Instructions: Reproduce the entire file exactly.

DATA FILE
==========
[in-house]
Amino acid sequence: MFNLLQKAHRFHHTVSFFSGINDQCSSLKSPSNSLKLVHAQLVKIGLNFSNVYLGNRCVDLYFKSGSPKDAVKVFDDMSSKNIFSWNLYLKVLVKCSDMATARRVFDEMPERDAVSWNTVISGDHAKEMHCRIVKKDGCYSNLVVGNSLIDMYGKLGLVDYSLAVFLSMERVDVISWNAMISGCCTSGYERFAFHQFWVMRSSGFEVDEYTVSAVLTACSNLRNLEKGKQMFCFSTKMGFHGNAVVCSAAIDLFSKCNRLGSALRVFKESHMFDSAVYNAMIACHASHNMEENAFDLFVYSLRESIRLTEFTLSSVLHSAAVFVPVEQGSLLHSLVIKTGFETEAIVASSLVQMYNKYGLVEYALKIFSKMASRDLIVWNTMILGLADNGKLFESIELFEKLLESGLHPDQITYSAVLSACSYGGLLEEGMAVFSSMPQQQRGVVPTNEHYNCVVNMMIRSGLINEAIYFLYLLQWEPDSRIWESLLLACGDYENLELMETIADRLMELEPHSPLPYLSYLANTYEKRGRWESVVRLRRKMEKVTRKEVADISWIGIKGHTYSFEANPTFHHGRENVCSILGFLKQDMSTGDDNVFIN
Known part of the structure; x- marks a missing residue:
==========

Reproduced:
[in-house]
Amino acid sequence: MFNLLQKAHRFHHTVSFFSGINDQCSSLKSPSNSLKLVHAQLVKIGLNFSNVYLGNRCVDLYFKSGSPKDAVKVFDDMSSKNIFSWNLYLKVLVKCSDMATARRVFDEMPERDAVSWNTVISGDHAKEMHCRIVKKDGCYSNLVVGNSLIDMYGKLGLVDYSLAVFLSMERVDVISWNAMISGCCTSGYERFAFHQFWVMRSSGFEVDEYTVSAVLTACSNLRNLEKGKQMFCFSTKMGFHGNAVVCSAAIDLFSKCNRLGSALRVFKESHMFDSAVYNAMIACHASHNMEENAFDLFVYSLRESIRLTEFTLSSVLHSAAVFVPVEQGSLLHSLVIKTGFETEAIVASSLVQMYNKYGLVEYALKIFSKMASRDLIVWNTMILGLADNGKLFESIELFEKLLESGLHPDQITYSAVLSACSYGGLLEEGMAVFSSMPQQQRGVVPTNEHYNCVVNMMIRSGLINEAIYFLYLLQWEPDSRIWESLLLACGDYENLELMETIADRLMELEPHSPLPYLSYLANTYEKRGRWESVVRLRRKMEKVTRKEVADISWIGIKGHTYSFEANPTFHHGRENVCSILGFLKQDMSTGDDNVFIN
Known part of the structure; x- marks a missing residue: